England - Full Moon 203 - 03/27/13
Love From London
Yep Roc Records
Our dear Robyn turned 60 years young earlier this moonth. He has been a recording artist for almost 36 of them, with the Soft Boys, solo and his own bands like The
Egyptians and Venus 3. And he still manages to surprise; this time in a pleasant way. Love From London must rank among his most playful and popful musings, ever.
Both songs, arrangements and production seem more pop-oriented than the usual guitar-/rock approach of a Hitchcock album; even more so than on its predecessor,
Tromsø Kaptein. Harmonic pop gems on a string. As last time Jenny Adejayan's cello is a vital part of the sound, now
along with pianos, organs and haunting female vocal harmonies. The piano of "Harry's Song" that opens the album sounds definitely English and attacks the spine instantly.
As beautiful classic piano-dominated chamber pop as can be! And there are lots more. "Strawberry Dress" is elegantly half-way laid-back with a half-way dynamic cello
and that Hitchcock voice at its best somewhere in between John Lennon's and Syd Barrett's. "Death & Love" is another half-way laid-back goodie floating away on airy
keyboards. "My Rain" has an exquisite interplay between Robyn's guitar, violin sounding keyboards and cello. "Be Still" starts as a typical mid-tempo guitar-driven song,
but after a while the cello takes more and more over and turns the song, to some extent, into another elegant well-produced smooth pop-goodie. Mind, the production might
be smooth, but never over-produced and slick. It's perfect organic pop, not mass-produced synthetic stuff aimed at the hit-lists.
Robyn the electric rock guitarist appears less often than we're used to. "I Love You" is one of three marked exceptions, but the cello here is more dominant and as
distorted as the guitar. "Fix You" is another exception where Robyn's guitar and vocal John Lennon leanings shine through. Good to have a few fuzzy rockers to rip things
a bit apart in between the perfect pop harmonies, too.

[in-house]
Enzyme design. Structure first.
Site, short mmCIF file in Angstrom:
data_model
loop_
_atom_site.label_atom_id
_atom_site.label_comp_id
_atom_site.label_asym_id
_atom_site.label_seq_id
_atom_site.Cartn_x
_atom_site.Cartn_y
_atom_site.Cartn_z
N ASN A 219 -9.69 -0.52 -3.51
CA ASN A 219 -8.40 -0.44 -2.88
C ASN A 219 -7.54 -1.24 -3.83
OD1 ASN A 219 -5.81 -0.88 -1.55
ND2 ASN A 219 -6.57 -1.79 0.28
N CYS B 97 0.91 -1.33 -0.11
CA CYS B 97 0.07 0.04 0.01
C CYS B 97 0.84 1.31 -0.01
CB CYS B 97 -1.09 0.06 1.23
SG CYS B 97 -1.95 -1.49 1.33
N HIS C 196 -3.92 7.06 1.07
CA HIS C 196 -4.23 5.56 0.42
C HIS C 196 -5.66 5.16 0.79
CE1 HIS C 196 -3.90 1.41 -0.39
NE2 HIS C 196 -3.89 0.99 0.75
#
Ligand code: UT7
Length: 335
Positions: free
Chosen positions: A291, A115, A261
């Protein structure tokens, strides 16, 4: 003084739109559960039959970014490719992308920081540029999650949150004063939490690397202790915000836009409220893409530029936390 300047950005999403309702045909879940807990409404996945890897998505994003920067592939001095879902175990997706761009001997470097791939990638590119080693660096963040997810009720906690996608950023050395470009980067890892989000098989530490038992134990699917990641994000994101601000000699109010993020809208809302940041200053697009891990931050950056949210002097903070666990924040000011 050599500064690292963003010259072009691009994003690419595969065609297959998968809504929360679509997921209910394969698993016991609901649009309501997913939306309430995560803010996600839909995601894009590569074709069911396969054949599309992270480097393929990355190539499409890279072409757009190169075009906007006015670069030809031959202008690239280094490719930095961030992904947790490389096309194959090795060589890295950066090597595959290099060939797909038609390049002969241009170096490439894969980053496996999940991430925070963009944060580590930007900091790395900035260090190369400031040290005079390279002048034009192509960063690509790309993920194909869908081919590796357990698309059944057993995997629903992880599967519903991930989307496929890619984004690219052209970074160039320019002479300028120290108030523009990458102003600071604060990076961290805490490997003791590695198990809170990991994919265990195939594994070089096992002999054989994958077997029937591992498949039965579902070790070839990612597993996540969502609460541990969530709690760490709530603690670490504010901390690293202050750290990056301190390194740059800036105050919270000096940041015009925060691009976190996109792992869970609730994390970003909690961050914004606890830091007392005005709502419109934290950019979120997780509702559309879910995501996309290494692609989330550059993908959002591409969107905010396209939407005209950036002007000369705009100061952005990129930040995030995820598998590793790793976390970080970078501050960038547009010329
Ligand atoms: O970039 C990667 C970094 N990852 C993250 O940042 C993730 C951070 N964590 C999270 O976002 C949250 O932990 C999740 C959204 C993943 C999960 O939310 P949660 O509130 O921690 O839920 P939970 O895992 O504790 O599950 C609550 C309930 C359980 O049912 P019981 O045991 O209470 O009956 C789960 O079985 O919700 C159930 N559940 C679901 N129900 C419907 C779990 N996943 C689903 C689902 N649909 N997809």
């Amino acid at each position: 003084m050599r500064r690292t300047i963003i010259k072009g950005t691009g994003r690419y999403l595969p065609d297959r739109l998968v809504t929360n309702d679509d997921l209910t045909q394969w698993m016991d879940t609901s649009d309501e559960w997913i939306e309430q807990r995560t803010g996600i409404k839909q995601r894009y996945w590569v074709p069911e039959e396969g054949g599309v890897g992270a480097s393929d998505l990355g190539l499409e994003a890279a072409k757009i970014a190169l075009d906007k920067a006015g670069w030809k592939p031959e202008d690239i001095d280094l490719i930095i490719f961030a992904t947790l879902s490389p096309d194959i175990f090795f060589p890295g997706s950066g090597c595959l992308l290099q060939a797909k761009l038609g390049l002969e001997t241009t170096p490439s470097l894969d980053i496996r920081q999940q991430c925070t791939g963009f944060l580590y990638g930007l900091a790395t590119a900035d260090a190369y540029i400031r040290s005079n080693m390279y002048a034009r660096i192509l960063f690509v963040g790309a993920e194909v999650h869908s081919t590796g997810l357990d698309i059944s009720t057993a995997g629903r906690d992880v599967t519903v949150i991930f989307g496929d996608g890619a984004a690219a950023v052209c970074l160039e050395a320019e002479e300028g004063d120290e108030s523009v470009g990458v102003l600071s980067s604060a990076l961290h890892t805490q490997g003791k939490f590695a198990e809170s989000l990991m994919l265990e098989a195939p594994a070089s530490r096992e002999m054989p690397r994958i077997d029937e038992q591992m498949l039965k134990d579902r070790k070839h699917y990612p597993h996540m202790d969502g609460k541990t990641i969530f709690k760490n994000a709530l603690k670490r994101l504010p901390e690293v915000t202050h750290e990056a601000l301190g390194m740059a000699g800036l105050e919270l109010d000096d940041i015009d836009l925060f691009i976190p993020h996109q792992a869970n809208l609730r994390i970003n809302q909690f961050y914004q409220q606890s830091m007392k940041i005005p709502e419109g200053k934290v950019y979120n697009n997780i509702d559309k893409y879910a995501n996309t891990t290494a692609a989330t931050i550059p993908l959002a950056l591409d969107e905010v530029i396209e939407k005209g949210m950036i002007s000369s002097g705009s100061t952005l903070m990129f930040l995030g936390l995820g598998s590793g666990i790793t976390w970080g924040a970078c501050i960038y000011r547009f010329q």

Although the music mainly sounds happy and fancy free, the lyrics are another matter. Mr. Hitchcock seems to follow the same path as another excellent English guitarist
and songstyrteller, Richard Thompson, in this respect, only in a more surrealistic way: the merrier the music, the gloomier the lyrics. In the beautiful and slightly funky
"Stupefied" for instance:
'Ain't no money on the ceiling
Ain't no ceiling on the floor
Got that terrifying feeling
You don't love me any more'
and later in the same song:
'Ain't no honey back in Norway
Ain't no kroner in your pants
Must have blown it in the doorway
On those sugar coated ants'
Let's hope this doesn't mean Robin's days in Norway are over for good. (Btw. kroner is the local currrency around here.) The cover paintings might suggest Robyn is
on a quest againt capitalism. The front shows an evil(?) Resident'ish eye-figure holding a poster with the word BANK. At the back is a the gravestone of Karl Marx, also
of a lady I don't recognise, from Highgate Cemetery in the love town. Well, Robyn seems more concerned about his personal matters after all:
'I'm so weak with you - I'm scared that you'll explode, Or walk away'.
In a less unjust world Love From London would've made it to the top of the pops! On his recent album titles, Robyn has also made it to Oslo and Tromsø.
Wonder which town he'll visit next?
Copyright © 2013 JP